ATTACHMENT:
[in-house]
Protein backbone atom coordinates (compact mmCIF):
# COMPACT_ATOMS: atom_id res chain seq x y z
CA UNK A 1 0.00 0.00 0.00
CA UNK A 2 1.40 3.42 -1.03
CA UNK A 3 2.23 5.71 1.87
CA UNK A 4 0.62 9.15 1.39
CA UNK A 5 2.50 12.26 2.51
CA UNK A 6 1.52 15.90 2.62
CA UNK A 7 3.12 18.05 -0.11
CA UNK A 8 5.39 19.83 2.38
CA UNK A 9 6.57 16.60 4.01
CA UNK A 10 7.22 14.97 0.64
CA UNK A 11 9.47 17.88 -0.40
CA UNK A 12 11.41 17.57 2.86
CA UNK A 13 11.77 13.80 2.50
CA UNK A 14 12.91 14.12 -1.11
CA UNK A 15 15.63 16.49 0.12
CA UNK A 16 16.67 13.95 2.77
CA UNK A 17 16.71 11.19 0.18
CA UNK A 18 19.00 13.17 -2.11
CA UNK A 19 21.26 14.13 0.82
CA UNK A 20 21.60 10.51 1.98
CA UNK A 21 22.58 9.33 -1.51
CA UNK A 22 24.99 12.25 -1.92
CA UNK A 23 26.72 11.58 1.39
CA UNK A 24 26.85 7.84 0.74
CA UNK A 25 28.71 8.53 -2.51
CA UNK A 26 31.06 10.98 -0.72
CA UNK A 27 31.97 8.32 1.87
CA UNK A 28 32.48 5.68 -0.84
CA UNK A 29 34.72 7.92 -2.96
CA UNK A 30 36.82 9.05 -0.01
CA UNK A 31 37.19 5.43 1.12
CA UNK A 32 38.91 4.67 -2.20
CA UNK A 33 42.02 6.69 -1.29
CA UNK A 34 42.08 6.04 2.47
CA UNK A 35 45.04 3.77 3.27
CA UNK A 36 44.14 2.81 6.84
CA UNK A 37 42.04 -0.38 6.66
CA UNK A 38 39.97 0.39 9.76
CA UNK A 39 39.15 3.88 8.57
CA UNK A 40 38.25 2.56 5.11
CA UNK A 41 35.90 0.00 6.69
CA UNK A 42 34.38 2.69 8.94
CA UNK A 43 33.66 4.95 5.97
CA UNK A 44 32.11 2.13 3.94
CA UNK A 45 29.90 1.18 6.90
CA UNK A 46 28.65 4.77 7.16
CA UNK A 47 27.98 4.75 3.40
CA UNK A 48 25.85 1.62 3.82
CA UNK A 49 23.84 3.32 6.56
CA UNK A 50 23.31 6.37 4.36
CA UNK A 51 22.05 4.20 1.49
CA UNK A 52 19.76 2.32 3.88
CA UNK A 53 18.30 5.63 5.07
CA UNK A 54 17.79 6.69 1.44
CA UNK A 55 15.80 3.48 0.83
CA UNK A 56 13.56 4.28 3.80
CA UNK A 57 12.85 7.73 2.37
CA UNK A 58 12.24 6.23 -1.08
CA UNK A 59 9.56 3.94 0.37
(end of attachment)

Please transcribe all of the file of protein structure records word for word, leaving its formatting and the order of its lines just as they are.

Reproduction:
[in-house]
Protein backbone atom coordinates (compact mmCIF):
# COMPACT_ATOMS: atom_id res chain seq x y z
CA UNK A 1 0.00 0.00 0.00
CA UNK A 2 1.40 3.42 -1.03
CA UNK A 3 2.23 5.71 1.87
CA UNK A 4 0.62 9.15 1.39
CA UNK A 5 2.50 12.26 2.51
CA UNK A 6 1.52 15.90 2.62
CA UNK A 7 3.12 18.05 -0.11
CA UNK A 8 5.39 19.83 2.38
CA UNK A 9 6.57 16.60 4.01
CA UNK A 10 7.22 14.97 0.64
CA UNK A 11 9.47 17.88 -0.40
CA UNK A 12 11.41 17.57 2.86
CA UNK A 13 11.77 13.80 2.50
CA UNK A 14 12.91 14.12 -1.11
CA UNK A 15 15.63 16.49 0.12
CA UNK A 16 16.67 13.95 2.77
CA UNK A 17 16.71 11.19 0.18
CA UNK A 18 19.00 13.17 -2.11
CA UNK A 19 21.26 14.13 0.82
CA UNK A 20 21.60 10.51 1.98
CA UNK A 21 22.58 9.33 -1.51
CA UNK A 22 24.99 12.25 -1.92
CA UNK A 23 26.72 11.58 1.39
CA UNK A 24 26.85 7.84 0.74
CA UNK A 25 28.71 8.53 -2.51
CA UNK A 26 31.06 10.98 -0.72
CA UNK A 27 31.97 8.32 1.87
CA UNK A 28 32.48 5.68 -0.84
CA UNK A 29 34.72 7.92 -2.96
CA UNK A 30 36.82 9.05 -0.01
CA UNK A 31 37.19 5.43 1.12
CA UNK A 32 38.91 4.67 -2.20
CA UNK A 33 42.02 6.69 -1.29
CA UNK A 34 42.08 6.04 2.47
CA UNK A 35 45.04 3.77 3.27
CA UNK A 36 44.14 2.81 6.84
CA UNK A 37 42.04 -0.38 6.66
CA UNK A 38 39.97 0.39 9.76
CA UNK A 39 39.15 3.88 8.57
CA UNK A 40 38.25 2.56 5.11
CA UNK A 41 35.90 0.00 6.69
CA UNK A 42 34.38 2.69 8.94
CA UNK A 43 33.66 4.95 5.97
CA UNK A 44 32.11 2.13 3.94
CA UNK A 45 29.90 1.18 6.90
CA UNK A 46 28.65 4.77 7.16
CA UNK A 47 27.98 4.75 3.40
CA UNK A 48 25.85 1.62 3.82
CA UNK A 49 23.84 3.32 6.56
CA UNK A 50 23.31 6.37 4.36
CA UNK A 51 22.05 4.20 1.49
CA UNK A 52 19.76 2.32 3.88
CA UNK A 53 18.30 5.63 5.07
CA UNK A 54 17.79 6.69 1.44
CA UNK A 55 15.80 3.48 0.83
CA UNK A 56 13.56 4.28 3.80
CA UNK A 57 12.85 7.73 2.37
CA UNK A 58 12.24 6.23 -1.08
CA UNK A 59 9.56 3.94 0.37